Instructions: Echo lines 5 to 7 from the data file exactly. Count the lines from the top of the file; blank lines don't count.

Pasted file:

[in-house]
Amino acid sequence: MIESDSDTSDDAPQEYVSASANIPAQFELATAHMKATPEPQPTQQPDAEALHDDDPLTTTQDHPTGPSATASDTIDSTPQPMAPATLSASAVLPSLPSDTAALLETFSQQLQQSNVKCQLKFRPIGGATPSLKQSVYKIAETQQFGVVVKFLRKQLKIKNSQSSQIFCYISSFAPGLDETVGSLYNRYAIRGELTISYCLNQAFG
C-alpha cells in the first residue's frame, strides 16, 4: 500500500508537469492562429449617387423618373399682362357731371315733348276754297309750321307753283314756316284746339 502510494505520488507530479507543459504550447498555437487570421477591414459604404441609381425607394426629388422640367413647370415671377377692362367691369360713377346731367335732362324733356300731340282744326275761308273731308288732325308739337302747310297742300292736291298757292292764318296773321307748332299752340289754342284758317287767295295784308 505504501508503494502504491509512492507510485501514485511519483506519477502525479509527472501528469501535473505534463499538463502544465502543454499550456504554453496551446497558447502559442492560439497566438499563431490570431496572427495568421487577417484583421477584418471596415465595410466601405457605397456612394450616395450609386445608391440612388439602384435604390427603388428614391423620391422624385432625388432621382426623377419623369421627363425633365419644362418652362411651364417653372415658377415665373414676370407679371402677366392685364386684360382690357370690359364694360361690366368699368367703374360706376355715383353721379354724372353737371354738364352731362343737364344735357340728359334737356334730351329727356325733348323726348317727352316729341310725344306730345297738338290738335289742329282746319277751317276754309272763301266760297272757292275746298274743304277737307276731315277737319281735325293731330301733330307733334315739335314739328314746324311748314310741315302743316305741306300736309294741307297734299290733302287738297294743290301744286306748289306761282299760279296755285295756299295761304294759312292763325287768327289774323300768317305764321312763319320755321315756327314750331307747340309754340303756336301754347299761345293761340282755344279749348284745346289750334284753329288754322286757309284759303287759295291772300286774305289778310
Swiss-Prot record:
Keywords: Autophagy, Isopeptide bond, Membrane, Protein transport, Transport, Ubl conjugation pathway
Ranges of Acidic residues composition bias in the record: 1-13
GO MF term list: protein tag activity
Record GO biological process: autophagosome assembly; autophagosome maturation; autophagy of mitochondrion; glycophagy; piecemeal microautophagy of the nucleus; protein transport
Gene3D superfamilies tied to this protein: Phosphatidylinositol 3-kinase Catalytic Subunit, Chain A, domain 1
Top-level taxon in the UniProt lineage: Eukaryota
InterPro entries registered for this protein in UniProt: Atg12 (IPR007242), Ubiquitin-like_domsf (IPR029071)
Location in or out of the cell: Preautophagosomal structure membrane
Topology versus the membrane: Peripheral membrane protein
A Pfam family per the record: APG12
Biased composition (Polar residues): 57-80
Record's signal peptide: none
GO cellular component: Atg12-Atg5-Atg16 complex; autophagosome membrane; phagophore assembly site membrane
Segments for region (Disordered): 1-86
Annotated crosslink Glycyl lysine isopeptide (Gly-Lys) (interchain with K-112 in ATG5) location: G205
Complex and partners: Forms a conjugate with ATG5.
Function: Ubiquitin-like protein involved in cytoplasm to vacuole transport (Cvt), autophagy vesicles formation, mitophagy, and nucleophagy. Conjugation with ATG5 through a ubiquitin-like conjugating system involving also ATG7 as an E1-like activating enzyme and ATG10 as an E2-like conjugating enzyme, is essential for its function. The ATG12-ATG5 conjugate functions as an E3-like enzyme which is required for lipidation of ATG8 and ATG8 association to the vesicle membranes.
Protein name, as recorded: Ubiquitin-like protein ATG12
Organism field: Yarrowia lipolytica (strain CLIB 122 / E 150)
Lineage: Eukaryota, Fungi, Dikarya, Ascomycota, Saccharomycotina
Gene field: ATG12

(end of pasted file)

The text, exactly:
Keywords: Autophagy, Isopeptide bond, Membrane, Protein transport, Transport, Ubl conjugation pathway
Ranges of Acidic residues composition bias in the record: 1-13
GO MF term list: protein tag activity